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J Long Term Eff Med Implants. 2012;22(3):195-209.

The nano-effect: improving the long-term prognosis for musculoskeletal implants.

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  • 1School of Engineering, Brown University, Providence, RI 02912, USA.

Abstract

Due to their superior cytocompatible, mechanical, electrical, optical, catalytic, and magnetic properties, nanomaterials (materials with one dimension ≤100 nm) have been investigated intensely for numerous medical applications including, most notably, as improved tissue engineering materials and in situ sensors. In particular, compared to conventional materials (materials without one dimension ≤100 nm) used for orthopedic applications, nanomaterials have demonstrated an enhanced capability to restore, maintain, and improve bone tissue formation while inhibiting inflammation and infection. This review article elucidates several promising examples of nanomaterials (including polymers, metals, and ceramics) to improve musculoskeletal implant performance in terms of enhanced bone cell functions, reduced inflammation, and inhibiting infection. With respect to the emergence of tissue engineering in orthopedic applications, this review summarizes recent efforts to develop nanostructured polymers and self-assembled nano-materials, which have improved bone growing properties than traditional permanent orthopedic medical devices.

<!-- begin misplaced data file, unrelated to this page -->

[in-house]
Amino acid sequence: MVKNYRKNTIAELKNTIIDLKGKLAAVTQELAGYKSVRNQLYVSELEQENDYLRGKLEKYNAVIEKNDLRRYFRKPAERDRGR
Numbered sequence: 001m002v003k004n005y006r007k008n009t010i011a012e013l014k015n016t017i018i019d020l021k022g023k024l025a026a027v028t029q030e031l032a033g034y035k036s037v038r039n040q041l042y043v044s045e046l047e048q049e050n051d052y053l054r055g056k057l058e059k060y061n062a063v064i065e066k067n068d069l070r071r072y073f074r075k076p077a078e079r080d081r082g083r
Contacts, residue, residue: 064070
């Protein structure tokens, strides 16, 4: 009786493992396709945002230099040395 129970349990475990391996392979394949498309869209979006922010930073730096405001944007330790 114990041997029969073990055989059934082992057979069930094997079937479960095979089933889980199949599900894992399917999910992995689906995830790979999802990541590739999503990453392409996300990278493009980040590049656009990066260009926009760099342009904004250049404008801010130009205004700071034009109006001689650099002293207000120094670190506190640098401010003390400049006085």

PMID:
23582111
[PubMed - indexed for MEDLINE]
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